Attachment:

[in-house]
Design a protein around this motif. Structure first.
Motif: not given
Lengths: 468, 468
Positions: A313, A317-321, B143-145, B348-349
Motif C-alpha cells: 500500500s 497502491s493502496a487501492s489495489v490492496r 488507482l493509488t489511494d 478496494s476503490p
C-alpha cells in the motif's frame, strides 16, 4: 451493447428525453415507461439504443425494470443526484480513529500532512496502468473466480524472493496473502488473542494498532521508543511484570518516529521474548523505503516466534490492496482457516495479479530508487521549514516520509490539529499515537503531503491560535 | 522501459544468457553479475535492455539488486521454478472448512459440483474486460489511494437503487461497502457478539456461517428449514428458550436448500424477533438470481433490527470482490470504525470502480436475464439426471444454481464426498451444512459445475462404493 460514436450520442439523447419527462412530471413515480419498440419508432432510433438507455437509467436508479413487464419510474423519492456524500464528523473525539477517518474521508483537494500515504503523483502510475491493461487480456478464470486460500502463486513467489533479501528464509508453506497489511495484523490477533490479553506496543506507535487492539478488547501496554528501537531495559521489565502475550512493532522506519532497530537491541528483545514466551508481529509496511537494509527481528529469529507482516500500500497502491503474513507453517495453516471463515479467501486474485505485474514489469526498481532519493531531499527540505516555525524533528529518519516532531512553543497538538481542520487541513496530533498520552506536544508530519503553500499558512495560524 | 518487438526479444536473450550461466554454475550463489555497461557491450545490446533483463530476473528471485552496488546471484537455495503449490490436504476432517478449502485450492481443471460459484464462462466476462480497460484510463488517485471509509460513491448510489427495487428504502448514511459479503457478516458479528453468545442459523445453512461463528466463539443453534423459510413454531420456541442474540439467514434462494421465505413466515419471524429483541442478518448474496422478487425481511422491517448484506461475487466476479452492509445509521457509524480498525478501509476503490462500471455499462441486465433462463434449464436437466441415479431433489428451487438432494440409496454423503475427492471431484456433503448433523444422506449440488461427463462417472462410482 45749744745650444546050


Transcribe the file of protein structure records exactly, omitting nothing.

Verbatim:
[in-house]
Design a protein around this motif. Structure first.
Motif: not given
Lengths: 468, 468
Positions: A313, A317-321, B143-145, B348-349
Motif C-alpha cells: 500500500s 497502491s493502496a487501492s489495489v490492496r 488507482l493509488t489511494d 478496494s476503490p
C-alpha cells in the motif's frame, strides 16, 4: 451493447428525453415507461439504443425494470443526484480513529500532512496502468473466480524472493496473502488473542494498532521508543511484570518516529521474548523505503516466534490492496482457516495479479530508487521549514516520509490539529499515537503531503491560535 | 522501459544468457553479475535492455539488486521454478472448512459440483474486460489511494437503487461497502457478539456461517428449514428458550436448500424477533438470481433490527470482490470504525470502480436475464439426471444454481464426498451444512459445475462404493 460514436450520442439523447419527462412530471413515480419498440419508432432510433438507455437509467436508479413487464419510474423519492456524500464528523473525539477517518474521508483537494500515504503523483502510475491493461487480456478464470486460500502463486513467489533479501528464509508453506497489511495484523490477533490479553506496543506507535487492539478488547501496554528501537531495559521489565502475550512493532522506519532497530537491541528483545514466551508481529509496511537494509527481528529469529507482516500500500497502491503474513507453517495453516471463515479467501486474485505485474514489469526498481532519493531531499527540505516555525524533528529518519516532531512553543497538538481542520487541513496530533498520552506536544508530519503553500499558512495560524 | 518487438526479444536473450550461466554454475550463489555497461557491450545490446533483463530476473528471485552496488546471484537455495503449490490436504476432517478449502485450492481443471460459484464462462466476462480497460484510463488517485471509509460513491448510489427495487428504502448514511459479503457478516458479528453468545442459523445453512461463528466463539443453534423459510413454531420456541442474540439467514434462494421465505413466515419471524429483541442478518448474496422478487425481511422491517448484506461475487466476479452492509445509521457509524480498525478501509476503490462500471455499462441486465433462463434449464436437466441415479431433489428451487438432494440409496454423503475427492471431484456433503448433523444422506449440488461427463462417472462410482 45749744745650444546050